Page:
My love has talk’d with rocks and trees;
He finds on misty mountain-ground
His own vast shadow glory-crown’d;
He sees himself in all he sees.
Two partners of a married life—
I look’d on these and thought of thee
In vastness and in mystery,
And of my spirit as of a wife.
These two—they dwelt with eye on eye,
Their hearts of old have beat in tune,
Their meetings made December June
Their every parting was to die.
Their love has never past away;
The days she never can forget
Are earnest that he loves her yet,
Whate’er the faithless people say.
Her life is lone, he sits apart,
He loves her yet, she will not weep,
Tho’ rapt in matters dark and deep
He seems to slight her simple heart.
He thrids the labyrinth of the mind,
He reads the secret of the star,
He seems so near and yet so far,
He looks so cold: she thinks him kind.
She keeps the gift of years before
A wither’d violet is her bliss
She knows not what his greatness is,
For that, for all, she loves him more.
For him she plays, to him she sings
Of early faith and plighted vows;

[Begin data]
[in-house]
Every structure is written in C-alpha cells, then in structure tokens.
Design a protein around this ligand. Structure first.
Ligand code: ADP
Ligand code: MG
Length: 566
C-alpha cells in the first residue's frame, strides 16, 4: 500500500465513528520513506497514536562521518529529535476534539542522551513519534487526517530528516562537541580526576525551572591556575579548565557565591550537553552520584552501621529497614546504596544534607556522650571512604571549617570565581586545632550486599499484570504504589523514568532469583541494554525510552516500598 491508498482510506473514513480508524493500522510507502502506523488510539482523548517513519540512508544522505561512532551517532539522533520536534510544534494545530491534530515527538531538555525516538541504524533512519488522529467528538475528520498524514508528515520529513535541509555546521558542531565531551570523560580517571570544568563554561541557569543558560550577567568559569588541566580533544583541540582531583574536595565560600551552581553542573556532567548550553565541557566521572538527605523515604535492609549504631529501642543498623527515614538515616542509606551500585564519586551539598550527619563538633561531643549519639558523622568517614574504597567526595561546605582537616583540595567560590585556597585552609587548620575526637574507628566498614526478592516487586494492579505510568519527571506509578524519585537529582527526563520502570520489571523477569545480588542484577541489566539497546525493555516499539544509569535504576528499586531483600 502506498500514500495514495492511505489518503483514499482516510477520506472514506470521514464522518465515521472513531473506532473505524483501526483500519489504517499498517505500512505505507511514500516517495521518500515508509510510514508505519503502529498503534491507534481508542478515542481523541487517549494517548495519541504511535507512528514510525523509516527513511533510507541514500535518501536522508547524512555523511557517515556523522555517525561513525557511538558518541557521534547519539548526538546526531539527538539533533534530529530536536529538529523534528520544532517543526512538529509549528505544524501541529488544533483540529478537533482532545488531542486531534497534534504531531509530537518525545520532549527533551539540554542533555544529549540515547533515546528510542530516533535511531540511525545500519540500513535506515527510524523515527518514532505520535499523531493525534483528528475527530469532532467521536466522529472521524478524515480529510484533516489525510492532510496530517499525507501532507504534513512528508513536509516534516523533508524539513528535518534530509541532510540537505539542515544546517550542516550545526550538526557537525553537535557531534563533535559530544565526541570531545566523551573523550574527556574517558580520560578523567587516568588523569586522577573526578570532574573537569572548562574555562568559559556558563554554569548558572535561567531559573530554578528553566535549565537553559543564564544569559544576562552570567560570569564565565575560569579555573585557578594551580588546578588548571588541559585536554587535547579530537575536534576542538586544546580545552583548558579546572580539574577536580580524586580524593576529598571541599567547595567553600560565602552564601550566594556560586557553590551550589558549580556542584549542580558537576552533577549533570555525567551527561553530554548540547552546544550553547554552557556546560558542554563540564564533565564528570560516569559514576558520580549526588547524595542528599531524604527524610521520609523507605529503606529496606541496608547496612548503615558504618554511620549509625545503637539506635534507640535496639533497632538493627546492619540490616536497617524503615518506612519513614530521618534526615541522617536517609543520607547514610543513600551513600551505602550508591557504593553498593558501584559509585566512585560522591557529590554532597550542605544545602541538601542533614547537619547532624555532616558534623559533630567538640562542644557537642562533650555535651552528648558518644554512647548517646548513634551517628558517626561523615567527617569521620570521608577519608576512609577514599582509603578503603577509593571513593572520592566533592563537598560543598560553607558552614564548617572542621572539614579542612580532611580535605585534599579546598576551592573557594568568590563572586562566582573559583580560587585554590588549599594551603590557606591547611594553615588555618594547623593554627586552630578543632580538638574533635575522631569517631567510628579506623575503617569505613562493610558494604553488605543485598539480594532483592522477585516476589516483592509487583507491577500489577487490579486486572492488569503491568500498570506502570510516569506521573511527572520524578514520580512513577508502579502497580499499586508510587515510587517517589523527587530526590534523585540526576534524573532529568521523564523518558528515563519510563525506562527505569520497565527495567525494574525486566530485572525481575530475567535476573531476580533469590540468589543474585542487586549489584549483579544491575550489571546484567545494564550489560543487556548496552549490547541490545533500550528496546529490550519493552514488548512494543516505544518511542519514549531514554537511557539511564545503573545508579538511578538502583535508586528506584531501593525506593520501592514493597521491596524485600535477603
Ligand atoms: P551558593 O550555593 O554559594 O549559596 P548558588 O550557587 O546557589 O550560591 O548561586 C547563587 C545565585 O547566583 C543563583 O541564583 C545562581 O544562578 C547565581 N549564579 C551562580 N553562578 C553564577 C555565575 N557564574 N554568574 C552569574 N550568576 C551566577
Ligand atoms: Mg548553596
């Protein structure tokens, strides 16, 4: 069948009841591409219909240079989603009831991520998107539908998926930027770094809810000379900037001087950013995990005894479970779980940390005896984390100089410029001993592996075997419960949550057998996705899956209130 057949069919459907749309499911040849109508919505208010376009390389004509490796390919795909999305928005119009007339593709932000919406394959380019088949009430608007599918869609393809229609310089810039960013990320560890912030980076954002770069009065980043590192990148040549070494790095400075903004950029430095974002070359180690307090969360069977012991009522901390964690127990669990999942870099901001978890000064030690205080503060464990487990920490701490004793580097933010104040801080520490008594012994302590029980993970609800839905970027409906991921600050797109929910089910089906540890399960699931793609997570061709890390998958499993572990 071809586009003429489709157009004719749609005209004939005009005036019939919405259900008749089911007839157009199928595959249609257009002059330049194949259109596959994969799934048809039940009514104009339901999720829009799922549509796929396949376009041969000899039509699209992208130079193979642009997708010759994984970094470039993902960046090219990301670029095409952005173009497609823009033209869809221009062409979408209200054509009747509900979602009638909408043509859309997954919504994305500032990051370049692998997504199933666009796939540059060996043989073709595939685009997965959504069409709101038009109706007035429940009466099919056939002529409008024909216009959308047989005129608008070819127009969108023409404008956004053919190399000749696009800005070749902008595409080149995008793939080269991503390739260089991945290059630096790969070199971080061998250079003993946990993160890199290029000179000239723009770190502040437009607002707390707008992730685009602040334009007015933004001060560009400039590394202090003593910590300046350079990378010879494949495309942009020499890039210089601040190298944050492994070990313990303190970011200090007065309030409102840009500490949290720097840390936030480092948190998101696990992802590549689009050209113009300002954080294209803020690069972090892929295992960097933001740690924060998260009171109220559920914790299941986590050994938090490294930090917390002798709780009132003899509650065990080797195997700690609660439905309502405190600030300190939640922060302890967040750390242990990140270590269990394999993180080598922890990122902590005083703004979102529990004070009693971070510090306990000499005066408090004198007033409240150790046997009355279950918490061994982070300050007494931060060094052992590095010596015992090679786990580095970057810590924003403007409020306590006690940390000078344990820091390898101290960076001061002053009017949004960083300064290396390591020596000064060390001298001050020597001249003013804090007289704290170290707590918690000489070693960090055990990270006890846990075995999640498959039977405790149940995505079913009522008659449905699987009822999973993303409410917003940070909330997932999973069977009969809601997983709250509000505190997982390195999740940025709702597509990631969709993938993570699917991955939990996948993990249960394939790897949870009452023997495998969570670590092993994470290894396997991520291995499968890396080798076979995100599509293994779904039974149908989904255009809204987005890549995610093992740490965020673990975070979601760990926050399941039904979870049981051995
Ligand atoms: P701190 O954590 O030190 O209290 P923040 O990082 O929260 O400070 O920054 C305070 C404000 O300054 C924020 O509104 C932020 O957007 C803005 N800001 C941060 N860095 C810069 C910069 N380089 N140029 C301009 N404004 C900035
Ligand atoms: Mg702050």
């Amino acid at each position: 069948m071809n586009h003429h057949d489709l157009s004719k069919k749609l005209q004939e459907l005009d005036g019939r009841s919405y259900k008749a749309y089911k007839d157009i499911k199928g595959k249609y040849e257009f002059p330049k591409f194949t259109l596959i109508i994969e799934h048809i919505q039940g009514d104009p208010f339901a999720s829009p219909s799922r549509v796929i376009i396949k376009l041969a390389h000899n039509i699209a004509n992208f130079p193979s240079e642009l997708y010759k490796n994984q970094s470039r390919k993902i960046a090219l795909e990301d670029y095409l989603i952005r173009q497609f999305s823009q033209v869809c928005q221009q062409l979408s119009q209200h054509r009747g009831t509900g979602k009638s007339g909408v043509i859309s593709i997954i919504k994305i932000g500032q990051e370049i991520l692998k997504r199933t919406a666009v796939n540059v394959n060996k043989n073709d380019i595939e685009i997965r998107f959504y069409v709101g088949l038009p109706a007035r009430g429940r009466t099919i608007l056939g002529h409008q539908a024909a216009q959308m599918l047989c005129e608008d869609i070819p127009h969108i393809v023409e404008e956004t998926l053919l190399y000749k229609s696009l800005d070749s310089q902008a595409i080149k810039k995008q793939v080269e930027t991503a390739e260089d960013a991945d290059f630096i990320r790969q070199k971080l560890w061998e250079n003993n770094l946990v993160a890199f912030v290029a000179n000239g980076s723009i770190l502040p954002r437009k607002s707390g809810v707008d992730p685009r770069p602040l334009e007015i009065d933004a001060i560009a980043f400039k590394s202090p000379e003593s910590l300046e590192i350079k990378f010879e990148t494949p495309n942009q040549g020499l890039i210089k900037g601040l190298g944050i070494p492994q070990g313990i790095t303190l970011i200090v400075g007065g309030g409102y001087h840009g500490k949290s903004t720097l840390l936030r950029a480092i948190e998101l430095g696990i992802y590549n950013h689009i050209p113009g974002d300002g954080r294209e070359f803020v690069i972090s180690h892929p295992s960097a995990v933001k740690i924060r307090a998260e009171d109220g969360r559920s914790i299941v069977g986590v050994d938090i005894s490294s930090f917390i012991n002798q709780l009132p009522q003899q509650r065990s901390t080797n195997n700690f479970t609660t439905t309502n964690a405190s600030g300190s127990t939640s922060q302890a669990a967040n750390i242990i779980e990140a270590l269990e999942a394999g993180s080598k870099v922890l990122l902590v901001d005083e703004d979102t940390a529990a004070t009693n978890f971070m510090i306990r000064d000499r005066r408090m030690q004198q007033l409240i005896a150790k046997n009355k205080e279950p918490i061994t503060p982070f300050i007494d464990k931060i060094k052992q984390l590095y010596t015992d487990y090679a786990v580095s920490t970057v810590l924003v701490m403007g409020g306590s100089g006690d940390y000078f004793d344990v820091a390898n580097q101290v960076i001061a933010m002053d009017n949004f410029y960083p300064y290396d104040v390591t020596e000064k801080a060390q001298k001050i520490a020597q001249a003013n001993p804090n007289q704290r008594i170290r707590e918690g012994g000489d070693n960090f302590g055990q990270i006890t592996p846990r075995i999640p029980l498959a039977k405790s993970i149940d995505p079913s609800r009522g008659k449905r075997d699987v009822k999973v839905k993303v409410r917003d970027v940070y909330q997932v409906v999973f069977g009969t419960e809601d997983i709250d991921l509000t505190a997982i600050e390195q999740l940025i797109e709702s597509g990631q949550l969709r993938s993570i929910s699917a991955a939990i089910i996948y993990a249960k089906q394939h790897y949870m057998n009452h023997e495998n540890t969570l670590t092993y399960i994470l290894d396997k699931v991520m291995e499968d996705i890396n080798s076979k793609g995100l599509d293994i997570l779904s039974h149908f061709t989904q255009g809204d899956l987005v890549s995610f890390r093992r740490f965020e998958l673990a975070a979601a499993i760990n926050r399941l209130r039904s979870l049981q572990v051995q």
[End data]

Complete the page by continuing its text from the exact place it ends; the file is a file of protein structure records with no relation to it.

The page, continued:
She knows but matters of the house,
And he, he knows a thousand things.
Her faith is fixt and cannot move,
She darkly feels him great and wise,
She dwells on him with faithful eyes,
‘I cannot understand: I love.’
The stanza begins with an imaginative depiction of Hallam’s spirit life, which uses the metaphor of a Brocken Spectre: that is, an observer sees his own image cast onto mist, and frequently with a rainbow crown, produced by the sun’s rays and water drops. Just as the observer sees himself magnified, so Hallmark sees himself in all he sees. This is a curious idea, as if the afterlife were a continual solipsism. Or perhaps, it means the merging of the spirit with all things?
The next metaphor, that of the husband engaged with important matters while his faithful wife deals with home and hearth, reveals the conventionally prejudiced view Tennyson has of women. But he places himself in the role of the wife and the spirit-Hallam in the male role. He cannot understand his partner’s scope, and is content to love. I guess this passage aroused a certain amount of levity in coarse Victorian circles, but Tennyson’s point is the difference between earthly and heavenly life.